Ivanka Trump could doubtless shed a lot of light on her father’s state of mind from the moment it became clear he had lost through the hours after the attack on the U.S. Capitol. She was not only his favorite child but a White House adviser. In particular, she spent time with him on Jan. 6, 2021 as he called Pence on the phone to pressure him not to certify the election and as he attended the rally on the Ellipse from which many people headed to the Capitol to break in and try to prevent Congress from certifying the election.
Both Ivanka and Jared (who arrived back from a trip to the Middle East that day) were part of the effort to get Trump to tell the insurrectionists to leave the Capitol.
It’s not news that Ivanka and Jared have a lot of information about Donald Trump’s refusal to accept that he had lost and his efforts to overturn that loss. The special counsel’s subpoena to them shows that his investigation is progressing pretty quickly. Jack Smith was appointed special counsel in November, and he has gotten to the point of trying to talk to people as close to Trump as Pence, Meadows, and Ivanka and Jared—people he likely wouldn’t be trying to talk to until he had a lot of supporting testimony and documentation.
Ivanka Trump has put distance between herself and her father’s 2024 campaign. Now she’s going to have another decision to make between loyalty to him and loyalty to the truth, or democracy. (Or just not perjuring herself.) Her husband’s decisions may come down not just to his relationship with his father-in-law but what’s in the best interest of the Saudi financial backers he used his connection to Trump to line up. If this is something they care about.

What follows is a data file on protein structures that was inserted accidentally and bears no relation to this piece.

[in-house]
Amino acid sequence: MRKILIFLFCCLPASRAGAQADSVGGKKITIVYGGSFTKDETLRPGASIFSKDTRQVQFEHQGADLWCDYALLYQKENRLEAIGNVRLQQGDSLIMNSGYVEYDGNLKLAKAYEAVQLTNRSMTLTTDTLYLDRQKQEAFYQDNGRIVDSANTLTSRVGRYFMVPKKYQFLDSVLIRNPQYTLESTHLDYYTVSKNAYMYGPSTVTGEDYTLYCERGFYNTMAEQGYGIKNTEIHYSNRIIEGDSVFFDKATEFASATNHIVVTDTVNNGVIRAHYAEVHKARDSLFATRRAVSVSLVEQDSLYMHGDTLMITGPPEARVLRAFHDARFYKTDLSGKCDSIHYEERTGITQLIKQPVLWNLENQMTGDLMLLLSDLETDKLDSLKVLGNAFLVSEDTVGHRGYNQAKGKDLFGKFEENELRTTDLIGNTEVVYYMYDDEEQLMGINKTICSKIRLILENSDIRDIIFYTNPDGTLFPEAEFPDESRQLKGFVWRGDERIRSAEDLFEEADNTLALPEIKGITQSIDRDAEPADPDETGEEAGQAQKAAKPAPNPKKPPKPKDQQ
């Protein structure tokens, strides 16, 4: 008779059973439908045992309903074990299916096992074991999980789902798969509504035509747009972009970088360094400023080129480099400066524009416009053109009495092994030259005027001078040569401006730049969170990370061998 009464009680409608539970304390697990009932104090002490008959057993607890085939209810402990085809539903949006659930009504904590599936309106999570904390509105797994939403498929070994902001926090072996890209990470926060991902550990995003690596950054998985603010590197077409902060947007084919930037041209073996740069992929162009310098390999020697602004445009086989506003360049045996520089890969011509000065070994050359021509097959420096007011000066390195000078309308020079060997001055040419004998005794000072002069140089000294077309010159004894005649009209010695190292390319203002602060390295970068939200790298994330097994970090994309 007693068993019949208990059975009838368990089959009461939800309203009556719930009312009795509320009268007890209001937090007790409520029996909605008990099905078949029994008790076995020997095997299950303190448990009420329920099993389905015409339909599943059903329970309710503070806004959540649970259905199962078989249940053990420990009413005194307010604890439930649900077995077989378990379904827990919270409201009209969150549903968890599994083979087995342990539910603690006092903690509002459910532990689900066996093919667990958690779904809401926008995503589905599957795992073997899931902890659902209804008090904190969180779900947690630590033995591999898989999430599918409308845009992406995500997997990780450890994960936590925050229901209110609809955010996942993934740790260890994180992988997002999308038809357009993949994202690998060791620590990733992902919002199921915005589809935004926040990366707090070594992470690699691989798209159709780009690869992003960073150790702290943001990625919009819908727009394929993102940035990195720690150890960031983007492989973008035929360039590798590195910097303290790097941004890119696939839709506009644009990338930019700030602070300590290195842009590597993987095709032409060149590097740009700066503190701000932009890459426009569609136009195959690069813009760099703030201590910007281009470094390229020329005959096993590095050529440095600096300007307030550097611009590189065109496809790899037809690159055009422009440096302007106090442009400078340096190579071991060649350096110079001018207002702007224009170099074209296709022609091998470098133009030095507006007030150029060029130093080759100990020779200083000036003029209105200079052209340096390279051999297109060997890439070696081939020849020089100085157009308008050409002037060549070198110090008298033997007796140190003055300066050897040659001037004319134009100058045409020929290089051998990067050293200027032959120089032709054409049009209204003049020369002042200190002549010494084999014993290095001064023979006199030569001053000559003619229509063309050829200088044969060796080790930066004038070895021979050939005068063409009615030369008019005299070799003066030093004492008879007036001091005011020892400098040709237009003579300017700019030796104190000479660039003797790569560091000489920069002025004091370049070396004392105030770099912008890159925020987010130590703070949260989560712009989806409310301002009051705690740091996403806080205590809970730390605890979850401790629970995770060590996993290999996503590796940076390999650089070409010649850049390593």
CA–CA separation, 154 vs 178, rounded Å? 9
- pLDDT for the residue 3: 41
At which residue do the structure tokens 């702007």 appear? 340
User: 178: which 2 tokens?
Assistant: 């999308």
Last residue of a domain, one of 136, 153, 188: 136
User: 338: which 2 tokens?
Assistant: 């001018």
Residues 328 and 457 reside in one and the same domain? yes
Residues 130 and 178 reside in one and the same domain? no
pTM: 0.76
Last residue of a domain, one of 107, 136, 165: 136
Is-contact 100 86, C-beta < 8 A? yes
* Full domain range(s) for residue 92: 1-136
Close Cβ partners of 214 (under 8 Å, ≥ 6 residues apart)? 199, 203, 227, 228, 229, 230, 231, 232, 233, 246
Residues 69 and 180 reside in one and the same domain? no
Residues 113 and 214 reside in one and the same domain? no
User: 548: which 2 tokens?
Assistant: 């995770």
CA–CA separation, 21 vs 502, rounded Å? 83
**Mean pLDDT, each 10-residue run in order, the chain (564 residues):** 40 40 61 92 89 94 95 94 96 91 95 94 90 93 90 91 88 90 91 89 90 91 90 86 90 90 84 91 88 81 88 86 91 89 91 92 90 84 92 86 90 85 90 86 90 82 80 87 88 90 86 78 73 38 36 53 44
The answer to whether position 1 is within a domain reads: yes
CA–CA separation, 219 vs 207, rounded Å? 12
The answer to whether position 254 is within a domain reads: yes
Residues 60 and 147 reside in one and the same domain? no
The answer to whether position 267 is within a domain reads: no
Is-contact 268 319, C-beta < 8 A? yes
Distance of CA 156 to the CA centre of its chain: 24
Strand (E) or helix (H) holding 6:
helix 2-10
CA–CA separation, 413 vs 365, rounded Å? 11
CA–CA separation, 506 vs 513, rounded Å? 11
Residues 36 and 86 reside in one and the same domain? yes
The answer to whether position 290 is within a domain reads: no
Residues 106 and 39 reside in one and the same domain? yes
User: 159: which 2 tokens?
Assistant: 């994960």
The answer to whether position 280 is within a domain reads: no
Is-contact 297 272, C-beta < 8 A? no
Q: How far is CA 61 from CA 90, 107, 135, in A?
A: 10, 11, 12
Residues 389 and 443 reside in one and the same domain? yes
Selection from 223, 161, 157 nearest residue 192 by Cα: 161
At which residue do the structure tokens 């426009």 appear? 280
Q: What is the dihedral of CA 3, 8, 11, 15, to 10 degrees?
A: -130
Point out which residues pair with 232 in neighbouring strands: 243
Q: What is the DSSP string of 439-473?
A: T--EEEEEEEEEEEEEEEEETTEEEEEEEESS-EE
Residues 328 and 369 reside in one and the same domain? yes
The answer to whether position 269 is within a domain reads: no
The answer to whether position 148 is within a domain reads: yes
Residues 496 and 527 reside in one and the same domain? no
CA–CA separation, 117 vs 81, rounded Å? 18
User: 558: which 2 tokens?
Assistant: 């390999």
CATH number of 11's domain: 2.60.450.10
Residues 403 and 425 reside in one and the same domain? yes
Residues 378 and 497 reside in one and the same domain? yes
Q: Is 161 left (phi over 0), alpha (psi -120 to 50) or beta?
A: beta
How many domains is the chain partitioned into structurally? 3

In addition to the coup attempt, Smith is tasked with investigating Trump’s large stash of classified documents at Mar-a-Lago and his obstruction of government efforts to reclaim those. There are signs that investigation is also making progress, with prosecutors invoking the crime-fraud exception to get one of his attorneys to answer questions.
Smith’s moves come as Trump also faces the possibility of indictment in Fulton County, Georgia, where a special grand jury recently made recommendations on indictments of a number of people. Names were redacted in the publicly released version of that report, but the foreperson of that jury has strongly hinted that Trump’s name would be on the list.
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Yes, electing the president by popular vote is possible! Joining us on this week's episode of The Downballot is former Vermont legislator Christopher Pearson, an official with National Popular Vote, the organization advocating for states to adopt a compact that would award their electoral votes to the presidential candidate who gets the most votes nationwide. Pearson walks us through the mechanics of the compact, debunks some common misconceptions, and lays out future steps toward hitting the required 270 electoral votes for the agreement to come into force.
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